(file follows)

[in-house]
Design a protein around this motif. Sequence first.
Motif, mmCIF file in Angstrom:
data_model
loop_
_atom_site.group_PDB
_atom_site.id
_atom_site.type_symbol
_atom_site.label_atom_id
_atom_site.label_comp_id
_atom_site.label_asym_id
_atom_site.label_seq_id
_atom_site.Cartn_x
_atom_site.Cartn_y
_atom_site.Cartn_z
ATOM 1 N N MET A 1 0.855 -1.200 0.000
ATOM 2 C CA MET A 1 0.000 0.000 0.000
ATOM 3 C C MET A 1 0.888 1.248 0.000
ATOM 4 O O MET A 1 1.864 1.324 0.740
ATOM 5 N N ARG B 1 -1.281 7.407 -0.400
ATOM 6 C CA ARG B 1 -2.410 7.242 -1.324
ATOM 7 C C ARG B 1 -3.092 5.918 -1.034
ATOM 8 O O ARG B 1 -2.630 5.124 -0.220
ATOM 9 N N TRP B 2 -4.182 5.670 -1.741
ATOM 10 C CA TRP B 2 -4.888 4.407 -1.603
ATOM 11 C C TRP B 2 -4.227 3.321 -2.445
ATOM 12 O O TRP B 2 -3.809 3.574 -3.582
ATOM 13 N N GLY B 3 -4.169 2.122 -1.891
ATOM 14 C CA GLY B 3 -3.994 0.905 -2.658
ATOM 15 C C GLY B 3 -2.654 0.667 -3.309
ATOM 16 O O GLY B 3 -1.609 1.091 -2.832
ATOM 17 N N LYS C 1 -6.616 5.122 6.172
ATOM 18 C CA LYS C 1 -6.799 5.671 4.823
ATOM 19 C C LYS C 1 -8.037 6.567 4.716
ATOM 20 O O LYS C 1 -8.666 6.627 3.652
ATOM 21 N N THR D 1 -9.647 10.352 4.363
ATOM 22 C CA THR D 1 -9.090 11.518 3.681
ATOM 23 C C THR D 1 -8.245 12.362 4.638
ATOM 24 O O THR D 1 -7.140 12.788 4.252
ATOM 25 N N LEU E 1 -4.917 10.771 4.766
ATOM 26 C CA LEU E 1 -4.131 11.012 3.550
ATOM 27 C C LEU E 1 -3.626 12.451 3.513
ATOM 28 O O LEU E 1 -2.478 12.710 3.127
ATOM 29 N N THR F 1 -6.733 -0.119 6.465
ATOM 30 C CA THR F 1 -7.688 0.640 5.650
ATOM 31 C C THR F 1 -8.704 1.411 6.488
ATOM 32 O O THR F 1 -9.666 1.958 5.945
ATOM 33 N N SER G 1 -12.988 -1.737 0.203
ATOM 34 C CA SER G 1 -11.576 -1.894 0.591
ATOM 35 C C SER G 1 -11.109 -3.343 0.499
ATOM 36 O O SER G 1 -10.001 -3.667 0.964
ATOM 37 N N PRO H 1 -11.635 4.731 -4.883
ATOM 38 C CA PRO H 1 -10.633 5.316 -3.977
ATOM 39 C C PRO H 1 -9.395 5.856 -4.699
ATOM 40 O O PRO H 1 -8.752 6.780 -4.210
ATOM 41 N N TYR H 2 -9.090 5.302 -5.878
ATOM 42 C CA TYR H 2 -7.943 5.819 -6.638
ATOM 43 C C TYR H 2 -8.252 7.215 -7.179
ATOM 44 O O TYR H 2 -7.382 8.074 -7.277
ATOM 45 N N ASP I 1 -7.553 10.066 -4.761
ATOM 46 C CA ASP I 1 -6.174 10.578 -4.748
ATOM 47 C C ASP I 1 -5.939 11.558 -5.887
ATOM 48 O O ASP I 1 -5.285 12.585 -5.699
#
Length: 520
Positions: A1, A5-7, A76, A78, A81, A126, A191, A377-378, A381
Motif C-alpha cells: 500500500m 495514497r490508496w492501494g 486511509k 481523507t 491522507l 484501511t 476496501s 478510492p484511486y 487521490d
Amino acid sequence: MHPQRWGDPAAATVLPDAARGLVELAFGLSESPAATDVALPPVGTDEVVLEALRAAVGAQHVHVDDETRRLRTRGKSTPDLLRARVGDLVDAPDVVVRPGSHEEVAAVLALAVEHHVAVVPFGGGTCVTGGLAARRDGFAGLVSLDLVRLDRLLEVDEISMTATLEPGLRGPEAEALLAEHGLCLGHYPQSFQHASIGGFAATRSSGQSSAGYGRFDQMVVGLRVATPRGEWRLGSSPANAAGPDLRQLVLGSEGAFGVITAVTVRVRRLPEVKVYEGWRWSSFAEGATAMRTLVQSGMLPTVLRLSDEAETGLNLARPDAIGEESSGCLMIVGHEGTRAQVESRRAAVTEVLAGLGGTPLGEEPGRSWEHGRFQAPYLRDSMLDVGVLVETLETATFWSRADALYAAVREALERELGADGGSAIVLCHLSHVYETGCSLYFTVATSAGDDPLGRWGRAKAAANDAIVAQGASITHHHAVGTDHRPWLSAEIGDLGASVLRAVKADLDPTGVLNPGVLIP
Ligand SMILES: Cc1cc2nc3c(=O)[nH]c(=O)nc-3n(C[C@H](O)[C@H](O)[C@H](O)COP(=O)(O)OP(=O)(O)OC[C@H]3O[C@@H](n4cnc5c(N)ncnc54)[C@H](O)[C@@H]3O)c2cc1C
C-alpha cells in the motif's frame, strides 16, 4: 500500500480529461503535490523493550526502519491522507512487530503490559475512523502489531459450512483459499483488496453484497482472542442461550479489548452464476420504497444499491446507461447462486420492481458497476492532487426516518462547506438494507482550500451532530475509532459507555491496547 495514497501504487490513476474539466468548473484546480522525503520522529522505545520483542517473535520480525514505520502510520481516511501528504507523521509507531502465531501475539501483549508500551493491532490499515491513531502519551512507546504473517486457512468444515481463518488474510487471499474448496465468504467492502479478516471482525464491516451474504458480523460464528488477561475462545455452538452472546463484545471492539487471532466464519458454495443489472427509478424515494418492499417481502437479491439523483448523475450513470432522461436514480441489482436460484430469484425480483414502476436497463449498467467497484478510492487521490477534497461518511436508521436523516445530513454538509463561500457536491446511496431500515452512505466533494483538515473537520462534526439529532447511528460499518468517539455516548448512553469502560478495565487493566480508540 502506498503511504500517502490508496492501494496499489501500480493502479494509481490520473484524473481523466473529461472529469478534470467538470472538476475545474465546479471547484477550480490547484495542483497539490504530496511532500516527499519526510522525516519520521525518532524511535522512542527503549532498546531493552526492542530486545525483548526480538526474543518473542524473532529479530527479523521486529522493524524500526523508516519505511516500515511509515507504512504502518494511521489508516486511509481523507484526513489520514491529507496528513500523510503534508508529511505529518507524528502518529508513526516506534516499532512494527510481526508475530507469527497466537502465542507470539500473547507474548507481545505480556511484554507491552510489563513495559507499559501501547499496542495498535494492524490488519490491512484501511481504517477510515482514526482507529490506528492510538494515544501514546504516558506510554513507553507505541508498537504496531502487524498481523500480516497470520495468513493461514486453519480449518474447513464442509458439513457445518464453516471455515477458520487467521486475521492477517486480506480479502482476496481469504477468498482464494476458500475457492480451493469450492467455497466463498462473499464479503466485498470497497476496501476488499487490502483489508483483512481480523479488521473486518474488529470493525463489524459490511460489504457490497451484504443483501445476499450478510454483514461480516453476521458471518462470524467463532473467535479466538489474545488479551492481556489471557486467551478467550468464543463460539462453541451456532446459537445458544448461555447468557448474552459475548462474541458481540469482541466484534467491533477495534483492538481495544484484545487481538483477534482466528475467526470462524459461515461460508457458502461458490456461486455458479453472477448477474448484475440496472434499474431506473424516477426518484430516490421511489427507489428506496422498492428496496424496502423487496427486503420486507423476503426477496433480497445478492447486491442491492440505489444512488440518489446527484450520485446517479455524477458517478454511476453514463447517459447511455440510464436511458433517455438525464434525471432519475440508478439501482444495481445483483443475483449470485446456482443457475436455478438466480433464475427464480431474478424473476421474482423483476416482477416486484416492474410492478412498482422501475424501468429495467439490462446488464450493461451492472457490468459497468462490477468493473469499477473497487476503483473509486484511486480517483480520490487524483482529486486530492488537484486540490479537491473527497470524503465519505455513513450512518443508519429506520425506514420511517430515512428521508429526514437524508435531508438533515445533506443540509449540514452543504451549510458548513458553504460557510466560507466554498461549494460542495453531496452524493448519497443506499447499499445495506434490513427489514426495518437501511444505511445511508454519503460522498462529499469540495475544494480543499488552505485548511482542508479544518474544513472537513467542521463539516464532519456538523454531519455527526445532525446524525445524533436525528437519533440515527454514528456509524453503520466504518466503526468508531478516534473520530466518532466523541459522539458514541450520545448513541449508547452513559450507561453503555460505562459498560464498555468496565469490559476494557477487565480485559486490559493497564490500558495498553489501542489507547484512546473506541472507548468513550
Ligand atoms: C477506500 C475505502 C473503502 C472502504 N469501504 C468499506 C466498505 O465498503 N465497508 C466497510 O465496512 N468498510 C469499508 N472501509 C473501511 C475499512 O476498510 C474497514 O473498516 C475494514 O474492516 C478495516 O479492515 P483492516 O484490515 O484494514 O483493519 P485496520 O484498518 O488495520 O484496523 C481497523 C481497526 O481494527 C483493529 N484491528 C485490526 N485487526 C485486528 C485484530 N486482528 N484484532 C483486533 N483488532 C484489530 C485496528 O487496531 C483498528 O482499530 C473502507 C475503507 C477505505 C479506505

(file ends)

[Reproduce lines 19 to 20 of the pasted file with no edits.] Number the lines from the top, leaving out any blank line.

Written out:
ATOM 4 O O MET A 1 1.864 1.324 0.740
ATOM 5 N N ARG B 1 -1.281 7.407 -0.400